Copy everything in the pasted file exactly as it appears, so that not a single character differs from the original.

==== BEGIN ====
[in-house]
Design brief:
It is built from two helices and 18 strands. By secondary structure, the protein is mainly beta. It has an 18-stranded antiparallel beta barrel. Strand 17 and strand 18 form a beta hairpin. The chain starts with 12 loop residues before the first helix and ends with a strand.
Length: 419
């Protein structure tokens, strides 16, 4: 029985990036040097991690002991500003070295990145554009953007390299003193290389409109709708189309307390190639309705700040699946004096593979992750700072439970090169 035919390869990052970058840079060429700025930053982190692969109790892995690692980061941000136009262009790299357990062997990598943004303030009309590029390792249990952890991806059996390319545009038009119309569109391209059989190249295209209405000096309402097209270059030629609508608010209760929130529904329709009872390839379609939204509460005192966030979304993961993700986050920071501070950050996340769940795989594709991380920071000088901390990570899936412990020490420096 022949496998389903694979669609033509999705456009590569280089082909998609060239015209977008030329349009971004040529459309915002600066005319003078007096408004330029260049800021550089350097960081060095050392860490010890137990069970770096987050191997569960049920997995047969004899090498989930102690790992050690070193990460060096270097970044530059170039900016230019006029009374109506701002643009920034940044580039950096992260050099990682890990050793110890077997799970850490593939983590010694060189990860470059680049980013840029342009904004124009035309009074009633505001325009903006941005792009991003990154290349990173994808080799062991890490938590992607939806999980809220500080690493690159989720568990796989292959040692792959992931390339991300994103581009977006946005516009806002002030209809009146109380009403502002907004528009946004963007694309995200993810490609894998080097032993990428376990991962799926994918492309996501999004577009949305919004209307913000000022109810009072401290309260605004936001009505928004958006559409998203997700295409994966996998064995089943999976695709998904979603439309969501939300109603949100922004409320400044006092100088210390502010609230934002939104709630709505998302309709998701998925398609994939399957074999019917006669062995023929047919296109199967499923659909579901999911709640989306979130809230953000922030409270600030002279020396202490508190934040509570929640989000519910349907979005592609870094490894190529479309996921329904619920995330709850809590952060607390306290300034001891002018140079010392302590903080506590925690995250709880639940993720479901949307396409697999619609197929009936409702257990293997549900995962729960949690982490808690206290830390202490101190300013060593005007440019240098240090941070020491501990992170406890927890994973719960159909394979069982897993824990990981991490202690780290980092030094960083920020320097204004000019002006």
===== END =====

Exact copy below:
[in-house]
Design brief:
It is built from two helices and 18 strands. By secondary structure, the protein is mainly beta. It has an 18-stranded antiparallel beta barrel. Strand 17 and strand 18 form a beta hairpin. The chain starts with 12 loop residues before the first helix and ends with a strand.
Length: 419
């Protein structure tokens, strides 16, 4: 029985990036040097991690002991500003070295990145554009953007390299003193290389409109709708189309307390190639309705700040699946004096593979992750700072439970090169 035919390869990052970058840079060429700025930053982190692969109790892995690692980061941000136009262009790299357990062997990598943004303030009309590029390792249990952890991806059996390319545009038009119309569109391209059989190249295209209405000096309402097209270059030629609508608010209760929130529904329709009872390839379609939204509460005192966030979304993961993700986050920071501070950050996340769940795989594709991380920071000088901390990570899936412990020490420096 022949496998389903694979669609033509999705456009590569280089082909998609060239015209977008030329349009971004040529459309915002600066005319003078007096408004330029260049800021550089350097960081060095050392860490010890137990069970770096987050191997569960049920997995047969004899090498989930102690790992050690070193990460060096270097970044530059170039900016230019006029009374109506701002643009920034940044580039950096992260050099990682890990050793110890077997799970850490593939983590010694060189990860470059680049980013840029342009904004124009035309009074009633505001325009903006941005792009991003990154290349990173994808080799062991890490938590992607939806999980809220500080690493690159989720568990796989292959040692792959992931390339991300994103581009977006946005516009806002002030209809009146109380009403502002907004528009946004963007694309995200993810490609894998080097032993990428376990991962799926994918492309996501999004577009949305919004209307913000000022109810009072401290309260605004936001009505928004958006559409998203997700295409994966996998064995089943999976695709998904979603439309969501939300109603949100922004409320400044006092100088210390502010609230934002939104709630709505998302309709998701998925398609994939399957074999019917006669062995023929047919296109199967499923659909579901999911709640989306979130809230953000922030409270600030002279020396202490508190934040509570929640989000519910349907979005592609870094490894190529479309996921329904619920995330709850809590952060607390306290300034001891002018140079010392302590903080506590925690995250709880639940993720479901949307396409697999619609197929009936409702257990293997549900995962729960949690982490808690206290830390202490101190300013060593005007440019240098240090941070020491501990992170406890927890994973719960159909394979069982897993824990990981991490202690780290980092030094960083920020320097204004000019002006």